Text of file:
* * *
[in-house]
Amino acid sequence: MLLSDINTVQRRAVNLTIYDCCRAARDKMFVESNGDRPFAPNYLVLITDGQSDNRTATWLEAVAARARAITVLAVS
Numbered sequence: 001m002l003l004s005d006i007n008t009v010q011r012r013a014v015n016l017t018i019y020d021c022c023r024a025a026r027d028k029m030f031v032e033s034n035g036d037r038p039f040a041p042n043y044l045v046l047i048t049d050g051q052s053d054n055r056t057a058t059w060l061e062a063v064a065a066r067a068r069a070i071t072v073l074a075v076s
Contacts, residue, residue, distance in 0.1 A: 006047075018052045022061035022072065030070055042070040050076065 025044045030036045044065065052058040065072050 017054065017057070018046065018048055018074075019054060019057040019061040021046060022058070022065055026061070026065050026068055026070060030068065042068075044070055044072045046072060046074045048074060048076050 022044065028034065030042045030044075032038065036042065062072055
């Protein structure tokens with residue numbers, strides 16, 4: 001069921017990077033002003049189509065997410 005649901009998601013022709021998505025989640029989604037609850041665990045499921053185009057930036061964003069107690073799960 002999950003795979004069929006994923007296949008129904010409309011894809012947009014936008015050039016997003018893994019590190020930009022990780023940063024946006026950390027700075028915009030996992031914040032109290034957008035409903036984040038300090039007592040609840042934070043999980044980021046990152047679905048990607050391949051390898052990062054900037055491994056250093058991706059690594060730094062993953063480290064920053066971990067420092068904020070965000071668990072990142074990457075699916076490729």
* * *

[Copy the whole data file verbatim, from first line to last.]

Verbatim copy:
[in-house]
Amino acid sequence: MLLSDINTVQRRAVNLTIYDCCRAARDKMFVESNGDRPFAPNYLVLITDGQSDNRTATWLEAVAARARAITVLAVS
Numbered sequence: 001m002l003l004s005d006i007n008t009v010q011r012r013a014v015n016l017t018i019y020d021c022c023r024a025a026r027d028k029m030f031v032e033s034n035g036d037r038p039f040a041p042n043y044l045v046l047i048t049d050g051q052s053d054n055r056t057a058t059w060l061e062a063v064a065a066r067a068r069a070i071t072v073l074a075v076s
Contacts, residue, residue, distance in 0.1 A: 006047075018052045022061035022072065030070055042070040050076065 025044045030036045044065065052058040065072050 017054065017057070018046065018048055018074075019054060019057040019061040021046060022058070022065055026061070026065050026068055026070060030068065042068075044070055044072045046072060046074045048074060048076050 022044065028034065030042045030044075032038065036042065062072055
């Protein structure tokens with residue numbers, strides 16, 4: 001069921017990077033002003049189509065997410 005649901009998601013022709021998505025989640029989604037609850041665990045499921053185009057930036061964003069107690073799960 002999950003795979004069929006994923007296949008129904010409309011894809012947009014936008015050039016997003018893994019590190020930009022990780023940063024946006026950390027700075028915009030996992031914040032109290034957008035409903036984040038300090039007592040609840042934070043999980044980021046990152047679905048990607050391949051390898052990062054900037055491994056250093058991706059690594060730094062993953063480290064920053066971990067420092068904020070965000071668990072990142074990457075699916076490729």